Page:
Blurring the Line Between Home and Industrial Technology

The world of business and industrial giants has, for a long time, been an exclusive club that hobby tech enthusiasts only dreamed of exploring. For instance, for any major technology or electronic device you have at home, those juggernauts probably have a super-powered version that is capable of blowing your one out of the water. They are businesses after all, so it only makes sense that they have the big toys to play with while we’re stuck with the child versions at home—but that’s about to change.


As consumers get more accustomed to using modern technology, their appetite for speed, power and efficiency starts to grow. For instance, phones a decade ago were only capable of light web browsing via WAP and laptops were designed for business use. The world of business got their hands on this technology first and they used it to their advantage, but it slowly made its way into consumer hands. Nowadays, work laptops are far less powerful than something like a gaming laptop that’s designed for virtual reality, and business executives are using the same smartphones that the general public is using—it’s no longer an exclusive club.

Scaled-down versions of industry tools

Consumers at home are constantly looking for new toys to play with and new equipment to use. For instance, the introduction of home 3D printing has taken the world by storm and the industry surrounding it is booming. You can print almost any plastic object with 3D printing, and you can even make larger items by printing out various parts and sticking them together to create many useful objects and toys. For the adventurous hobbyists out there, you can even get into mold making with a 3D printer which is a technique that many businesses have been using to create items quickly and efficiently.

Despite the recent popularity of 3D printing, it’s actually a very old technology. It had some limited uses and, as a young technology, didn’t seem to have much use at home. Thankfully, over 30 years later, home versions are now being created which opens up a whole new market: hobbyists. You can create a hobby out of literally anything from collecting stamps to printing out 3D models, and it just so happens that 3D printing is capable of being more than just a hobby toy.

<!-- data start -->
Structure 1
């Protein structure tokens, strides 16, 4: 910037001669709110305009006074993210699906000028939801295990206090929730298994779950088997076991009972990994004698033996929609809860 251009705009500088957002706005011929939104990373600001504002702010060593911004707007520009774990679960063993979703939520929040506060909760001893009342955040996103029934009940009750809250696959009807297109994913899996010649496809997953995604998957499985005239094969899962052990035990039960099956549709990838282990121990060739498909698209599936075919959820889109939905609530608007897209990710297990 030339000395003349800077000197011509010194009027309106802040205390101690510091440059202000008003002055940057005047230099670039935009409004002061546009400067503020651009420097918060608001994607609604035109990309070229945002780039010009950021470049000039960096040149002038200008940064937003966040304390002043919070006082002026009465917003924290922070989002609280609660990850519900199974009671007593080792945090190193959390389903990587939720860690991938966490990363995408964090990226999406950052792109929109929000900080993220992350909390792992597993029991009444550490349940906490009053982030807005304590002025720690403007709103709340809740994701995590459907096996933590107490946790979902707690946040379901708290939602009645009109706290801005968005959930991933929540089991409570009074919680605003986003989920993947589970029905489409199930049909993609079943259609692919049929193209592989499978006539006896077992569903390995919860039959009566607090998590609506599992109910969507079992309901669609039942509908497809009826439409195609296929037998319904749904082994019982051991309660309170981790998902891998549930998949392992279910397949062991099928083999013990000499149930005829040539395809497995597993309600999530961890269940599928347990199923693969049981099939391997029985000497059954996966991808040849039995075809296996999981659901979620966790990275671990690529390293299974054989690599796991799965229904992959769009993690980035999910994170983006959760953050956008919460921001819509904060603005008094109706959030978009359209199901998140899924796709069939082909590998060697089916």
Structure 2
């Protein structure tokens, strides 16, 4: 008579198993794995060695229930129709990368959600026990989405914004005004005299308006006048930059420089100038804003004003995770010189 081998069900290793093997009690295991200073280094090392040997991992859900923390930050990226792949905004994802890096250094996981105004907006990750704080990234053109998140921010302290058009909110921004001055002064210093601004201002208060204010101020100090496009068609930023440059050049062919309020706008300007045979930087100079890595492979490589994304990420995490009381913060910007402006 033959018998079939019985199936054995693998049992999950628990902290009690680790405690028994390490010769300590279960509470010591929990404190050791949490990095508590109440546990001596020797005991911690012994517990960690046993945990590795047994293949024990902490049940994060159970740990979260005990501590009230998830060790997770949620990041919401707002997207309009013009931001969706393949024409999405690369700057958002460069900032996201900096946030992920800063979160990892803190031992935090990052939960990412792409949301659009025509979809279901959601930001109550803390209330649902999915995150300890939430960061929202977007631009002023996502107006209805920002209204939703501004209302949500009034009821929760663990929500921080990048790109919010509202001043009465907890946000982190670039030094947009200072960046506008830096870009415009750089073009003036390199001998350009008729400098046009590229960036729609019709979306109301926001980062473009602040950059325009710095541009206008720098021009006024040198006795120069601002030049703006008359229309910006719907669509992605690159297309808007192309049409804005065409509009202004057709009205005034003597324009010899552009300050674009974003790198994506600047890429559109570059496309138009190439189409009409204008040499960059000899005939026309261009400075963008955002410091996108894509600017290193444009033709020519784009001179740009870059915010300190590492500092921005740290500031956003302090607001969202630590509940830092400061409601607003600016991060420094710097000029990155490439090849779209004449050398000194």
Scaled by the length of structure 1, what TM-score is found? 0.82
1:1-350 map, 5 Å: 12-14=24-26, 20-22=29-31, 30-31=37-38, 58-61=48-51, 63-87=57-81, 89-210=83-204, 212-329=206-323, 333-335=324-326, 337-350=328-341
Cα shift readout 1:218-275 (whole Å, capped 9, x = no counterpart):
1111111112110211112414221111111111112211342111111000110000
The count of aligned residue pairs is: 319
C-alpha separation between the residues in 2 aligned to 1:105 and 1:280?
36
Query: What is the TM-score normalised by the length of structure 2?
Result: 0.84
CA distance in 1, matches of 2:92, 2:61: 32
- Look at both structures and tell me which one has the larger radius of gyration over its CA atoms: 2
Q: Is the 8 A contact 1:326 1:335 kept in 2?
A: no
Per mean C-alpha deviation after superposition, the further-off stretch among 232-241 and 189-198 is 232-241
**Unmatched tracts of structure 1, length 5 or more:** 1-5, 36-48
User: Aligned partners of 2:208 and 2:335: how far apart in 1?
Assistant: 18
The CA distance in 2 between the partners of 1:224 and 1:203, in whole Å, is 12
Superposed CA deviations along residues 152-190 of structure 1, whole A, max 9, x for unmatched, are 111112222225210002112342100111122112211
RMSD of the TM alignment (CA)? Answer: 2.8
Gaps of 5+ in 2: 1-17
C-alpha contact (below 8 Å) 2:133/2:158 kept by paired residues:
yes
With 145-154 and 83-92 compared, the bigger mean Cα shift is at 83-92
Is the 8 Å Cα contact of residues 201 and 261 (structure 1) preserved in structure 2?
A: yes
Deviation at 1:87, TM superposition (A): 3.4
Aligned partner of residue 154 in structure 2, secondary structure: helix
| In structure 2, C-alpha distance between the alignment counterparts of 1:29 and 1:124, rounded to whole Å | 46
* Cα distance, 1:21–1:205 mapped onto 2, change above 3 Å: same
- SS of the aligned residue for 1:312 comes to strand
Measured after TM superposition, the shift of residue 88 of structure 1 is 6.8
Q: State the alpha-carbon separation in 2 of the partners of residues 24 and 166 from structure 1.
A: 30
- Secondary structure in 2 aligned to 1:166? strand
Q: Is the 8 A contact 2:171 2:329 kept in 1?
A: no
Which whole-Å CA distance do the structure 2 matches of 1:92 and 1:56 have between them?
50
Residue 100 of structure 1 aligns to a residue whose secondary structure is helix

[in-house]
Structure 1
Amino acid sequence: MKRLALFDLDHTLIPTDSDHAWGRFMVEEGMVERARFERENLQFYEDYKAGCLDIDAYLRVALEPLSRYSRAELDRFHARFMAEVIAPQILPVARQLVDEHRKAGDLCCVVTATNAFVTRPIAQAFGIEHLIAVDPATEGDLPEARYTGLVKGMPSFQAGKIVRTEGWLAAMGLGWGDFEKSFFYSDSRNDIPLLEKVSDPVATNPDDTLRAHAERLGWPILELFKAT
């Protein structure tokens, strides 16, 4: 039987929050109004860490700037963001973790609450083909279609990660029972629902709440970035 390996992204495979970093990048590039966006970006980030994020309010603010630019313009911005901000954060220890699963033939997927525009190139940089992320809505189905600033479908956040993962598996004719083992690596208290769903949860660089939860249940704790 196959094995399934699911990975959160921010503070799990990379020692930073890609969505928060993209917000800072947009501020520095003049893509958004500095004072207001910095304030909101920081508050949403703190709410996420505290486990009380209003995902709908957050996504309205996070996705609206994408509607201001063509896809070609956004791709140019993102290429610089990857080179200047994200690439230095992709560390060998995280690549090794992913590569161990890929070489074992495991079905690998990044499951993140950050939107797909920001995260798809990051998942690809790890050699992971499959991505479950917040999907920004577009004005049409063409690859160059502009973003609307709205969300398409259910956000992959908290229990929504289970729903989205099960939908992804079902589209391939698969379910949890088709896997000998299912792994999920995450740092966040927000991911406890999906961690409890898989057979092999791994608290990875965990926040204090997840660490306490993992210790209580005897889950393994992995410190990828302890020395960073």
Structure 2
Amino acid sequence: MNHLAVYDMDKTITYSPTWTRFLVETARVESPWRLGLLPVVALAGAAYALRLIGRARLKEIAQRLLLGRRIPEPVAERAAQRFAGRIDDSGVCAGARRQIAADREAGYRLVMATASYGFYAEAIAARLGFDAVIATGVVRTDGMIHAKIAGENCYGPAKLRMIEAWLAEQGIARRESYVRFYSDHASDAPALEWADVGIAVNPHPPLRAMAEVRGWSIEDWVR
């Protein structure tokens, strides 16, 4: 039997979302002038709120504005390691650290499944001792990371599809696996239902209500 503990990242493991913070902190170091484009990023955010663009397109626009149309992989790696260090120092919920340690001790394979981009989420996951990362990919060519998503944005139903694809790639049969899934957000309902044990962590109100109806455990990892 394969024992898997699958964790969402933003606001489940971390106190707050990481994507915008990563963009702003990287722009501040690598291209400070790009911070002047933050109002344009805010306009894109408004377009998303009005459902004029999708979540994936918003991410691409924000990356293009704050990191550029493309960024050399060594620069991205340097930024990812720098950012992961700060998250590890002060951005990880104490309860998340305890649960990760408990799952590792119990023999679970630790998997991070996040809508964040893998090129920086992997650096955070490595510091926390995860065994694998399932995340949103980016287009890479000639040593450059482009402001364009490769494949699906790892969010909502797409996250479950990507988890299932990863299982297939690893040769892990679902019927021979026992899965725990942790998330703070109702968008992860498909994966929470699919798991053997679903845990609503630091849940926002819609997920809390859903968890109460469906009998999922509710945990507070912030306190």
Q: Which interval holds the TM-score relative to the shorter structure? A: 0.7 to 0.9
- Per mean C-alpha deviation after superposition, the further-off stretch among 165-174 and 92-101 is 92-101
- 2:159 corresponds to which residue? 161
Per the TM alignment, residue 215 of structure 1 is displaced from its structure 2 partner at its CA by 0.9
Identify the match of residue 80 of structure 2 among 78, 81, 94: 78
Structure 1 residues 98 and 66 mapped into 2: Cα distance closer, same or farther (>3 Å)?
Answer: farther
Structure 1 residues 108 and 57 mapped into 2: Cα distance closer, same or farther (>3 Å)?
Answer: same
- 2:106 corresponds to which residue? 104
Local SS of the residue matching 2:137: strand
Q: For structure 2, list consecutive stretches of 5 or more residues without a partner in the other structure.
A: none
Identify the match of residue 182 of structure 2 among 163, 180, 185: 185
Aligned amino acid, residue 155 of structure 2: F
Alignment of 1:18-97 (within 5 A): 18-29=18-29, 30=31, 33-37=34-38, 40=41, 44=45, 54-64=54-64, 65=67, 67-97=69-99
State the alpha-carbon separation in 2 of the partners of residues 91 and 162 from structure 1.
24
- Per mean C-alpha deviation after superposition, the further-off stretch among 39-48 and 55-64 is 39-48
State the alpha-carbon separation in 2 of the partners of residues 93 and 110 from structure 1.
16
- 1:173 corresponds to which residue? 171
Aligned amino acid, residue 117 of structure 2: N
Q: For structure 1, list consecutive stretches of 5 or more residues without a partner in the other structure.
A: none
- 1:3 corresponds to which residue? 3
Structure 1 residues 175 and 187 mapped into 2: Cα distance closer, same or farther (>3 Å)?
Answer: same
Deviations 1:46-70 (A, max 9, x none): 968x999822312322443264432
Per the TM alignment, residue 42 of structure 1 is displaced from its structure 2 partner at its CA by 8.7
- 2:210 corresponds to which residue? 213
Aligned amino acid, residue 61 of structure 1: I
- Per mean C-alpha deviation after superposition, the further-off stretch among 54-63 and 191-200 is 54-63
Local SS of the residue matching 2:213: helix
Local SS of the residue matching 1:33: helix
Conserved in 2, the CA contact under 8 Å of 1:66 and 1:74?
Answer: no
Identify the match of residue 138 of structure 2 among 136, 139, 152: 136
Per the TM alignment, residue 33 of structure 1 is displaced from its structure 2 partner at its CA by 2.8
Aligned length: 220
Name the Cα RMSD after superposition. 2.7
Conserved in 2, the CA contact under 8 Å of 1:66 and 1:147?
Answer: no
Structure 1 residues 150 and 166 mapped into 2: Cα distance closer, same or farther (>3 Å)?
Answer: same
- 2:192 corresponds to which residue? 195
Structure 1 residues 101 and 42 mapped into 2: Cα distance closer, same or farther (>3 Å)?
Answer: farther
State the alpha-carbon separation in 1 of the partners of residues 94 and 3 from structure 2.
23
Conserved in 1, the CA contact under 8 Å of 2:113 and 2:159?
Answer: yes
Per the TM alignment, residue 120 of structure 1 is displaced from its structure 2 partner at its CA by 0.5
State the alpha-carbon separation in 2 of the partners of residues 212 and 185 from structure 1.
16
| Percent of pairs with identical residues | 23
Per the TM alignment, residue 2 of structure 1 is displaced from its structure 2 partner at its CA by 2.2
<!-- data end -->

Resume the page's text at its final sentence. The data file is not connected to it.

Power to the consumer

Another great example of consumer technology reaching the same level of power as industrial technology is in the computer component market. Recently, Advanced Micro Devices (AMD) unveiled their new “Ryzen” computer processing units which are directly competing with Intel’s Extreme Edition chips. Ryzen offers the same or better performance than Intel’s flagship Extreme Edition processors at just a fraction of the price. For a $1000 Intel CPU, AMD boasts a $500 price tag for their Ryzen chip which makes it an attractive choice for computer builders and tech enthusiasts around the world.

The gap is closing

With so much power being offered to consumers, it’s only a matter of time until the line between consumer-class and business-class technology is removed, and there will be no stopping a well-funded and knowledgeable hobbyist from doing what an industry veteran can do with a company behind their back.


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